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T.Y. v. Shawnee Mission School District USD 512

United States District Court, D. Kansas

June 6, 2018

T.Y., as Parent and Next Friend of P.Y., a Minor, Plaintiff,


          Daniel D. Crabtree United States District Judge

         Plaintiff T.Y. alleges that his daughter, P.Y., was sexually assaulted by another student at her school. Plaintiff brings this lawsuit against defendant Shawnee Mission School District USD 512 (the “District”) and defendants Jim Hinson, Jeremy McDonnell, Jade Peters, and Craig Denny, in their individual capacities (collectively, the “individual defendants”), for their actions before and after the alleged sexual harassment. Plaintiff asserts four claims against defendants- two against the District and two against all defendants. Plaintiff asserts that the District violated Title IX of the Education Amendments of 1972 (“Title IX”), 20 U.S.C. § 1681 et seq. and 42 U.S.C. § 1983 when it denied P.Y. substantive due process through policy, custom, and practice. And Plaintiff asserts claims against all defendants under § 1983 for allegedly violating the Equal Protection and Due Process Clauses of the Fourteenth Amendment.

         Defendants ask the court to dismiss all four of plaintiff's claims under Rule 12(b)(6) for failing to state a claim. In Section III, below, the court discusses defendants' arguments and plaintiff's responses. The court concludes that the Complaint sufficiently alleges facts to state claims in Counts I, II, and IV, but fails to do so in Court III. And so, the court grants defendants' motion in part and denies it in part.[1]

         I. Facts

         The following facts are taken from plaintiff's Second Amended Complaint (Doc. 18). For brevity's sake, the court refers to this pleading as “the Complaint” and accepts the facts it asserts as true and views them in the light most favorable to plaintiff. Burnett v. Mortg. Elec. Registration Sys., Inc., 706 F.3d 1231, 1235 (10th Cir. 2013) (citing Smith v. United States, 561 F.3d 1090, 1098 (10th Cir. 2009)).

         A. Assault and Investigation

         During the 2016-2017 school year, P.Y. was enrolled in the eighth grade at Westridge Middle School (“Westridge”) in the Shawnee Mission School District. Around February 28 or March 1, 2017, P.Y.-with other students-was assigned to a study hall in one of the school's classrooms. During study hall, P.Y. sat next to a male student, A.H. At some point during study hall, A.H. forcibly put his hands down P.Y.'s pants and penetrated her. P.Y. was shocked and frightened; she froze and did not react immediately. Two teachers were assigned to supervise study hall and both were in the room when A.H. allegedly sexually assaulted P.Y.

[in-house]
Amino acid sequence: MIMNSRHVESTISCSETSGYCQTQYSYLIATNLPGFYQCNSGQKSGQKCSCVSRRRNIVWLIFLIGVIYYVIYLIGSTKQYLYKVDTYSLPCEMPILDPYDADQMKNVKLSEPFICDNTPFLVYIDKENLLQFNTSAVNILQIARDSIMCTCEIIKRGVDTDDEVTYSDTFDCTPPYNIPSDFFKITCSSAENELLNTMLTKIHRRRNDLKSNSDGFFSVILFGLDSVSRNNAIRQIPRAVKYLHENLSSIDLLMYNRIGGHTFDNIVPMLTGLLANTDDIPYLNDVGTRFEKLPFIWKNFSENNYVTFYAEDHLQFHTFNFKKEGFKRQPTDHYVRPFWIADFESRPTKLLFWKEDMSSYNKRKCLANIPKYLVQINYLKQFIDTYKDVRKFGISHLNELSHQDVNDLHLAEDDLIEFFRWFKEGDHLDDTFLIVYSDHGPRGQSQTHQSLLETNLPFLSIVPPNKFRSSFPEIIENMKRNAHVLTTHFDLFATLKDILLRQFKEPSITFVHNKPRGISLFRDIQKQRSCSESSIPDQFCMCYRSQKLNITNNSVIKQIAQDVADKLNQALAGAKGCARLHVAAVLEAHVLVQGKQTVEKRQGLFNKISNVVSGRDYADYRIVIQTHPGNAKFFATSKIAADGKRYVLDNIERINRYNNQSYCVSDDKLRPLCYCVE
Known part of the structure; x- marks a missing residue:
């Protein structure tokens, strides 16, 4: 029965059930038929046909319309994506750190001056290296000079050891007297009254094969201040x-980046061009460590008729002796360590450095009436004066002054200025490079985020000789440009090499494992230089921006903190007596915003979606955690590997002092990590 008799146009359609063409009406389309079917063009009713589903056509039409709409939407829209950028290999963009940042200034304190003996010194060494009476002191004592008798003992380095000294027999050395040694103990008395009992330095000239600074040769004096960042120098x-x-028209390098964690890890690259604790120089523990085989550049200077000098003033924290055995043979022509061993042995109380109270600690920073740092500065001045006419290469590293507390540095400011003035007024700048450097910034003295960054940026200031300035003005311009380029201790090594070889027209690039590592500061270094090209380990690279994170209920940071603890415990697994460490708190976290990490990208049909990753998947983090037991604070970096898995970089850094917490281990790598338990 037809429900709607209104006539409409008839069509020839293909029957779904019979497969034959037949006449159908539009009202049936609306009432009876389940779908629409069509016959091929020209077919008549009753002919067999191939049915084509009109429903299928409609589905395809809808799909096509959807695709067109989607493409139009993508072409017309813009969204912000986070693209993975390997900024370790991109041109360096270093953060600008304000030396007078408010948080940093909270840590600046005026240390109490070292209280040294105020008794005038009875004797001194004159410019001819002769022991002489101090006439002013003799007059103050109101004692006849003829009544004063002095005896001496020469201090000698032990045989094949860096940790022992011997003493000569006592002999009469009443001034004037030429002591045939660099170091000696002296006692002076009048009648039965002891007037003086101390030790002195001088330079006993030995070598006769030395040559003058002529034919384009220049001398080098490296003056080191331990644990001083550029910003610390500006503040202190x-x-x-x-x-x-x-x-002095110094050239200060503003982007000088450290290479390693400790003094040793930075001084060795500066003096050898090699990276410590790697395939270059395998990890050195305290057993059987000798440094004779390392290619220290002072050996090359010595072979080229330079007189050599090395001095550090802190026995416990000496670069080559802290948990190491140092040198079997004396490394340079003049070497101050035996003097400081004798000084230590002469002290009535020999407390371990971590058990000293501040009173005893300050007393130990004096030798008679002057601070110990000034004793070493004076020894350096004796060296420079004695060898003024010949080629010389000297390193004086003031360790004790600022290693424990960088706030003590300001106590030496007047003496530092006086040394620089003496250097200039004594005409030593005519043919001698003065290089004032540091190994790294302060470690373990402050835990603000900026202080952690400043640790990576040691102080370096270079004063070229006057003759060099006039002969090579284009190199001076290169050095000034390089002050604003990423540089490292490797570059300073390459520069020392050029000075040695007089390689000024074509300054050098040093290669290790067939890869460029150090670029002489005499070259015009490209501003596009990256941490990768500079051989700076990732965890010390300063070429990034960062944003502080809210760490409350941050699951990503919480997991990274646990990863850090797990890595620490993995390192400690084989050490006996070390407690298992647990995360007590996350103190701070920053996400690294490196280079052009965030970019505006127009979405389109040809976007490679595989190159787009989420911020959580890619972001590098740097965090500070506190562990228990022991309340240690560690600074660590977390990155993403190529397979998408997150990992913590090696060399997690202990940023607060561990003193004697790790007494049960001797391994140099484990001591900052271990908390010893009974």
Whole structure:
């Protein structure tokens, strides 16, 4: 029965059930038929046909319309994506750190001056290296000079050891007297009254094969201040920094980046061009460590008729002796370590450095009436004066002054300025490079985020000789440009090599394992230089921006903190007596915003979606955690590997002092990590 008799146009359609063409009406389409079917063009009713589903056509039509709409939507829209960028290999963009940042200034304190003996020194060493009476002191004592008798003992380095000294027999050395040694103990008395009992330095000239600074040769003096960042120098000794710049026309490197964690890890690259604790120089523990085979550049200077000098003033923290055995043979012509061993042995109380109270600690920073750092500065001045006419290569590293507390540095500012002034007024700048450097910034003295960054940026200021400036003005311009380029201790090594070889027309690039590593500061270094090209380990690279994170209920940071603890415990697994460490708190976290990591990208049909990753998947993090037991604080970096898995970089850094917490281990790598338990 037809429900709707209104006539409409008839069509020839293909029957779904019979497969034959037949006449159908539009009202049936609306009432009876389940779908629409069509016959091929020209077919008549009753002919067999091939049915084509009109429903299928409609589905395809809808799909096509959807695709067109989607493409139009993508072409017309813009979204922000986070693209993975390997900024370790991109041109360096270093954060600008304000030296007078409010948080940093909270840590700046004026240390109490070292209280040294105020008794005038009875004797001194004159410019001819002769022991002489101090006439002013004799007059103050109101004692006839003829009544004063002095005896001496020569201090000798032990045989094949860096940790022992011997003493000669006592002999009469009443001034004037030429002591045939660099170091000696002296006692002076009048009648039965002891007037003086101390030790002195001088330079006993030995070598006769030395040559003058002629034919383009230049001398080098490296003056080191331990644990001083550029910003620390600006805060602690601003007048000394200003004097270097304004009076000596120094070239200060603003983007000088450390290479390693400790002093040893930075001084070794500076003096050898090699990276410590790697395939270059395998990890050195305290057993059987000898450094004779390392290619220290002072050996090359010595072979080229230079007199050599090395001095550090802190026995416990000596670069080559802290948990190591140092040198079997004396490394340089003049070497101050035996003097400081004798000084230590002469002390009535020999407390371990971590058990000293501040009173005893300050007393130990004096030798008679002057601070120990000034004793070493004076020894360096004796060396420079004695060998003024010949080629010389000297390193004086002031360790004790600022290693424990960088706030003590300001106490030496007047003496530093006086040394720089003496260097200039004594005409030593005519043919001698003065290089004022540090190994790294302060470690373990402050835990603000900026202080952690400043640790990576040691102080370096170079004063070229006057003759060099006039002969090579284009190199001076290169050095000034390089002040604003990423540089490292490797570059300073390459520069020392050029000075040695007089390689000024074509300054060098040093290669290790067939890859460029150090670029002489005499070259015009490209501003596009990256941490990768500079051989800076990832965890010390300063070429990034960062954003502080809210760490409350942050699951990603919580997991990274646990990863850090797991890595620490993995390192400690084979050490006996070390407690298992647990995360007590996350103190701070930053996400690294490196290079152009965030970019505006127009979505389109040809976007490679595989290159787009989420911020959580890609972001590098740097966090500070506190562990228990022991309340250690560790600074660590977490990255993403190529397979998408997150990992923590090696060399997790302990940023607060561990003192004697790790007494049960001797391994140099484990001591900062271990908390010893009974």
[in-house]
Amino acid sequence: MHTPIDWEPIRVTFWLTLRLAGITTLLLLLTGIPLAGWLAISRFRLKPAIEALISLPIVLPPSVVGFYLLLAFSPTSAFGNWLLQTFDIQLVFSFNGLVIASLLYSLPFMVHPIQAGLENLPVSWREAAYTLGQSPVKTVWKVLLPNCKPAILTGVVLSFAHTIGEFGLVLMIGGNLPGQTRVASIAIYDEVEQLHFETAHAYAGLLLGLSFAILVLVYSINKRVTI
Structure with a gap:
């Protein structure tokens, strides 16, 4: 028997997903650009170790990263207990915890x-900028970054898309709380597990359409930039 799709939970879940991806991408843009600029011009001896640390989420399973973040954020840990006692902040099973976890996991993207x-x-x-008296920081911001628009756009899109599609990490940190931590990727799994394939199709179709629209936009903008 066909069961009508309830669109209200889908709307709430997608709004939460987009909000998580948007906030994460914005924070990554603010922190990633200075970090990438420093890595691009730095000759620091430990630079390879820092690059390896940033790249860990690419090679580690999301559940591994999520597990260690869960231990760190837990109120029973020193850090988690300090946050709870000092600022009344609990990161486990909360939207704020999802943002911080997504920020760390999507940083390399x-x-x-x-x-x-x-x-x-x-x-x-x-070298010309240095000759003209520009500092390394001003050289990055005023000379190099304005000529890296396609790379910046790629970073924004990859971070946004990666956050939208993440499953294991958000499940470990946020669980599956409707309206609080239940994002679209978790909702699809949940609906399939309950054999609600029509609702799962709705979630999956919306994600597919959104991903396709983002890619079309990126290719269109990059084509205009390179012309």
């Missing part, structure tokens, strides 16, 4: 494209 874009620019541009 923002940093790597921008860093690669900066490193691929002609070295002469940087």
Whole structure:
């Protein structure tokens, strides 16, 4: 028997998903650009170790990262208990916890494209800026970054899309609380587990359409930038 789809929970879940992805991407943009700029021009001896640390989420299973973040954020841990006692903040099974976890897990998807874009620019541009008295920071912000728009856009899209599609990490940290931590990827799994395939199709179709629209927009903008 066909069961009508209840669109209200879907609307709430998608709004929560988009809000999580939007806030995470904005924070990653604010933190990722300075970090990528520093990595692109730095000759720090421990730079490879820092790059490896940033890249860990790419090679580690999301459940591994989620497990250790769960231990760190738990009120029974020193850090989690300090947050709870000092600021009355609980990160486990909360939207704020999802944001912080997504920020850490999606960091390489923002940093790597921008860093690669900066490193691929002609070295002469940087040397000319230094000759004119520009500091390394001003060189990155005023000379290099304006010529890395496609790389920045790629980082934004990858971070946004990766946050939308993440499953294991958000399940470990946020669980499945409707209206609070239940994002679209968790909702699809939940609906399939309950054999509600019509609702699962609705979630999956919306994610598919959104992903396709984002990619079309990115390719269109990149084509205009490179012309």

At some time between March 1 and 3, 2017, Westridge school officials-including Principal Jeremy McDonnell and Assistant Principal Jade Peters-learned about A.H.'s alleged sexual assault on P.Y. School Resource Officer (“SRO”) Dana Harrison-a law enforcement officer stationed at Westridge-also learned about the alleged sexual assault and took P.Y.'s statement.

         During SRO Harrison's investigation, he told P.Y.'s mother that A.H. allegedly had made unwelcome physical contact with at least three other female students before he did so with P.Y. SRO Harrison told P.Y.'s mother that he first learned about this physical contact with others when he looked at the student file for A.H. Other female students had complained to the District about this physical contact, leading to the documentation in A.H.'s student file. SRO Harrison told P.Y.'s mother that he never had seen so many complaints about a boy as young as A.H.

         Assistant Principal Peters also told P.Y.'s mother that she knew A.H. allegedly had assaulted other female students before P.Y.'s complaint. A policy of the District's known as “JCE” requires the building principal to be informed about any complaint about sexual discrimination or sexual harassment against any student at the principal's school. And so, Principal Jeremy McDonnell also knew or should have known about the other allegations against A.H.

         During one of the prior episodes, A.H. talked to a female student in a sexually suggestive manner and touched her in an unwelcome manner. Another episode involved A.H. touching a female student's buttocks. During another episode, A.H. took a female student's cell phone. When she tried to retrieve the phone from him, he pinned her to a wall and groped her in an unwelcome manner.

         By March 3, 2017, SRO Harrison had filed a police report with the Johnson County District Attorney's Office about A.H.'s assault of P.Y. At that same time, SRO Harrison also informed the District Attorney's Office about the other prior allegations against A.H. In early March 2017, a representative of the District Attorney's Office told P.Y.'s mother that SRO Harrison did not know about these prior allegations against A.H., and that a detective would investigate those allegations. Around March 8, 2017, the Johnson County District Attorney's Office filed a charge of “aggravated indecent liberties with a minor” against A.H. based on the alleged sexual assault of P.Y.

         B. A.H.'s Suspension and Board of Education Meeting